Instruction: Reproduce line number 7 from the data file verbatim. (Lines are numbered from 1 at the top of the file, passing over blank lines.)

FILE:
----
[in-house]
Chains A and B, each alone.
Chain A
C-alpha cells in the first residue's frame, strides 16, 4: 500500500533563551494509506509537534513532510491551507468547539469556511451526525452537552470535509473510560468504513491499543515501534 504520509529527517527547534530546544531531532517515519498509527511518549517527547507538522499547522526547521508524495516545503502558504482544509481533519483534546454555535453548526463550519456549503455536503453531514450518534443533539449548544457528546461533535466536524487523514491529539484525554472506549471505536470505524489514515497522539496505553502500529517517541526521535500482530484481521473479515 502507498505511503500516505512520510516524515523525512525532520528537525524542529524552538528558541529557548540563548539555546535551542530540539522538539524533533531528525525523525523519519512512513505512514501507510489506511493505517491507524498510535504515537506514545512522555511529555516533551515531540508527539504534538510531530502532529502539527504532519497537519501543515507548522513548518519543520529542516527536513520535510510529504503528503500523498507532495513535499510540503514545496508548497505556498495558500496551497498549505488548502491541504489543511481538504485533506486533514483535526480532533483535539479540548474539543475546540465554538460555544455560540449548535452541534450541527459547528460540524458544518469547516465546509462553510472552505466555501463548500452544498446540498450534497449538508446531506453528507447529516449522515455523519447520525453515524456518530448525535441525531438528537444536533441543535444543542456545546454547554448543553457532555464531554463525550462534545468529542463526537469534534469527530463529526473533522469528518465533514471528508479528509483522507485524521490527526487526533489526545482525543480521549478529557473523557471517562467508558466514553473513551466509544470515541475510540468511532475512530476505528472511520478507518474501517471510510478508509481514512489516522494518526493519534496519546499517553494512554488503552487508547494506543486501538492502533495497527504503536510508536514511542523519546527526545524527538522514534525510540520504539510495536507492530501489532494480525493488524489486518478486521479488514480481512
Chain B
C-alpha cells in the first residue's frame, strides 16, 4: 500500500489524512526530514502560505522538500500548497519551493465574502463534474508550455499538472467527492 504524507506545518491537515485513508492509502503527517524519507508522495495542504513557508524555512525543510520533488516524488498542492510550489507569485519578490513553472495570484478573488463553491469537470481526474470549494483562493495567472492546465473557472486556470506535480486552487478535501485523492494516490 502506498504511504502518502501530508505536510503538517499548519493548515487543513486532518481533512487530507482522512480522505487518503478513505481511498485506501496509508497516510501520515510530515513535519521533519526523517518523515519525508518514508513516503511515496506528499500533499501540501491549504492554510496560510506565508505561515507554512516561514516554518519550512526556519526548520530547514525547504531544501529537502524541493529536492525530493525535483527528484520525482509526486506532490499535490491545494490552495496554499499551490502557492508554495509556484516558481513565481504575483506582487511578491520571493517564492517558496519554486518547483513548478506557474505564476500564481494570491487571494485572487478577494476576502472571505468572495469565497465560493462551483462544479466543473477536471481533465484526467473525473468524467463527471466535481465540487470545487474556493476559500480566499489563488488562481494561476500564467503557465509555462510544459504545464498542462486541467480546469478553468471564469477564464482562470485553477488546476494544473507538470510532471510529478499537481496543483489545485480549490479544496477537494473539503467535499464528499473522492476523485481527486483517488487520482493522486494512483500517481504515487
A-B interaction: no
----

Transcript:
A-B interaction: no